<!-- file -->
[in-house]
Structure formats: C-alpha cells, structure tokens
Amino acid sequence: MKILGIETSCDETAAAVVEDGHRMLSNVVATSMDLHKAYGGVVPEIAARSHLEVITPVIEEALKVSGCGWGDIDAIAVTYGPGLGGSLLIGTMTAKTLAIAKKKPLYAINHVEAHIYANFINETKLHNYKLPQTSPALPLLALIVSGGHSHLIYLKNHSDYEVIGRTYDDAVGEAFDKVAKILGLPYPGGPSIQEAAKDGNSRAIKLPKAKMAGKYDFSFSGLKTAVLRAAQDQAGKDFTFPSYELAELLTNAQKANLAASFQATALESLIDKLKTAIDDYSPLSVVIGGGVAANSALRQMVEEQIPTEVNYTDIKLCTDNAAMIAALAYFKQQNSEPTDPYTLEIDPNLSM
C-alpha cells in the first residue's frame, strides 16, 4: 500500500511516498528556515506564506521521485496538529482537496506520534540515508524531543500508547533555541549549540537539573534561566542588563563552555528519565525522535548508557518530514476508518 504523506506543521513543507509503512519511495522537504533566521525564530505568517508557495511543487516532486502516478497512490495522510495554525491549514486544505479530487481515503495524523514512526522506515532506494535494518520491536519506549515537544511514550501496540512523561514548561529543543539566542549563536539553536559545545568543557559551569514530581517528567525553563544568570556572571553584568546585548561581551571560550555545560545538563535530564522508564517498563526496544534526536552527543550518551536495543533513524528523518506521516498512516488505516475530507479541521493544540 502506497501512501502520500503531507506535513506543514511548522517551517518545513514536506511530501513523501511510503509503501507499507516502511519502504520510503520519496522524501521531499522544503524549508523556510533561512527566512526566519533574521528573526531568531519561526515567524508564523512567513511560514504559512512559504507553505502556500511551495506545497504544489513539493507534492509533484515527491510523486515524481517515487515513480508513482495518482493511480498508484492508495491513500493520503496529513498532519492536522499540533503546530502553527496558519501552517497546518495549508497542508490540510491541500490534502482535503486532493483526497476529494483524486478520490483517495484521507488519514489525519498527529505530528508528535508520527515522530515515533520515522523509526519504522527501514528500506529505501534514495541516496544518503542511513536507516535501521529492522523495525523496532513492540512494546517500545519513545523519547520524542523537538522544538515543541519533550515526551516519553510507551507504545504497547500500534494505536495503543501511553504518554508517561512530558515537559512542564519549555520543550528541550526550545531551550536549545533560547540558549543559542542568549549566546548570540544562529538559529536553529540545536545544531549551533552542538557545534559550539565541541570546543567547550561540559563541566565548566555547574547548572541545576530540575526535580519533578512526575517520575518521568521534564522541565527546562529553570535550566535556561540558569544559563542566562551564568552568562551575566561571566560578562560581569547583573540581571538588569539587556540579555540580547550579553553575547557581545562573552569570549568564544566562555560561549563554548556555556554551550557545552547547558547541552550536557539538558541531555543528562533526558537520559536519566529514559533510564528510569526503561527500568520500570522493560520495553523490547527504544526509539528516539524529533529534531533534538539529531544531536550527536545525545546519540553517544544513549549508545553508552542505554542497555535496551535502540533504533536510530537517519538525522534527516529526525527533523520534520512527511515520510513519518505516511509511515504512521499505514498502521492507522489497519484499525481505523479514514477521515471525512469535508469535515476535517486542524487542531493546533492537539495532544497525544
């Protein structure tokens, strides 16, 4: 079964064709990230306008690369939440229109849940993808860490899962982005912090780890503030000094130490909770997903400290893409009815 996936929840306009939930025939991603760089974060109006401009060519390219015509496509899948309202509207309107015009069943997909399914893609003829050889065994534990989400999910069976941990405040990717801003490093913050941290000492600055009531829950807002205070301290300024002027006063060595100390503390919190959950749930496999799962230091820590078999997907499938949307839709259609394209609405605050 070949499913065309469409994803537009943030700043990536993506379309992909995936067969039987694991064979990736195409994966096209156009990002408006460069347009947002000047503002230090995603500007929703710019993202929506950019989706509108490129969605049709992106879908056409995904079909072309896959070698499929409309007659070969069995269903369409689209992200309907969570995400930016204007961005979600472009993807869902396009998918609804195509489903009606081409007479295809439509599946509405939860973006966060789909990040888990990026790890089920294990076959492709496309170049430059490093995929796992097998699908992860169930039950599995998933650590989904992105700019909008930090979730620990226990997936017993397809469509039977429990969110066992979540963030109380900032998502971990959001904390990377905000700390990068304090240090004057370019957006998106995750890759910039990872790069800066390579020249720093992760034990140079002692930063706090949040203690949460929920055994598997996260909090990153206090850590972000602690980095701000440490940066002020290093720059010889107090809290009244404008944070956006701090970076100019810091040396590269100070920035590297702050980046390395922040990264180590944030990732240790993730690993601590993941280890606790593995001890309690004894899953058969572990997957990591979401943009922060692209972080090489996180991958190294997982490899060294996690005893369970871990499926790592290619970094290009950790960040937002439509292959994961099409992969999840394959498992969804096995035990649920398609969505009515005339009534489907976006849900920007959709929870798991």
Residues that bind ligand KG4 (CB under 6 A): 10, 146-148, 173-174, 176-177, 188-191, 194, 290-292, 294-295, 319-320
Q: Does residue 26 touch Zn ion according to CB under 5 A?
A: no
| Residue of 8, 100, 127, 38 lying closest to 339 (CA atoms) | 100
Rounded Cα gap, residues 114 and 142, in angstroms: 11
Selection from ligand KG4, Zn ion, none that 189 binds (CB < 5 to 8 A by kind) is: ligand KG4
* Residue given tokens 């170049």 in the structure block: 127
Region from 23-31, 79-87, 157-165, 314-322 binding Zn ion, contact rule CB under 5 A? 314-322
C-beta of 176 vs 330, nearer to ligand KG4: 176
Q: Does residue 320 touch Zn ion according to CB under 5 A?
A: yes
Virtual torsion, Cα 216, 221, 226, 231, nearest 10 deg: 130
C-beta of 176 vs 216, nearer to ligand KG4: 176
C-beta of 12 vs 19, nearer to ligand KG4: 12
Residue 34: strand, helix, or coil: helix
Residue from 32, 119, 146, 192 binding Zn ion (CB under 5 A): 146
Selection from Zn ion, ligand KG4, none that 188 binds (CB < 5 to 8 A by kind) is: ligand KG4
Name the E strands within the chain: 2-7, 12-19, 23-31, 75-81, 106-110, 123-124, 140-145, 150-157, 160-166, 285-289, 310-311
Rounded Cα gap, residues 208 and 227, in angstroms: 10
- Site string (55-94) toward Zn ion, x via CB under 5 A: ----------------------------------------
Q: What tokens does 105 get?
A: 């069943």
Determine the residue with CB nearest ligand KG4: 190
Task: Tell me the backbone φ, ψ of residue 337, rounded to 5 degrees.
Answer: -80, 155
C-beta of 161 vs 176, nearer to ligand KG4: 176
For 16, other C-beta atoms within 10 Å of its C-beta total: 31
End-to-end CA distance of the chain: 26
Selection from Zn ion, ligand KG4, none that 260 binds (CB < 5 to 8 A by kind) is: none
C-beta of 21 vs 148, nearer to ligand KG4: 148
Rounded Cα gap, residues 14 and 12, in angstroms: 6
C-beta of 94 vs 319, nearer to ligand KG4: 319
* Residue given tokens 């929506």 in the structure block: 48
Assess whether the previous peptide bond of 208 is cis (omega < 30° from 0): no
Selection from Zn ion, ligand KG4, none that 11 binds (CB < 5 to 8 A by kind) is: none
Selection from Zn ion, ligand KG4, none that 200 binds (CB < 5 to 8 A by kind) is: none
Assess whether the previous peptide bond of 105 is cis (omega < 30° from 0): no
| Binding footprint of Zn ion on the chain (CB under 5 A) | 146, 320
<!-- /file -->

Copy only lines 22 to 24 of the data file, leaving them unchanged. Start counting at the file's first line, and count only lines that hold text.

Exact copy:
Selection from Zn ion, ligand KG4, none that 188 binds (CB < 5 to 8 A by kind) is: ligand KG4
Name the E strands within the chain: 2-7, 12-19, 23-31, 75-81, 106-110, 123-124, 140-145, 150-157, 160-166, 285-289, 310-311
Rounded Cα gap, residues 208 and 227, in angstroms: 10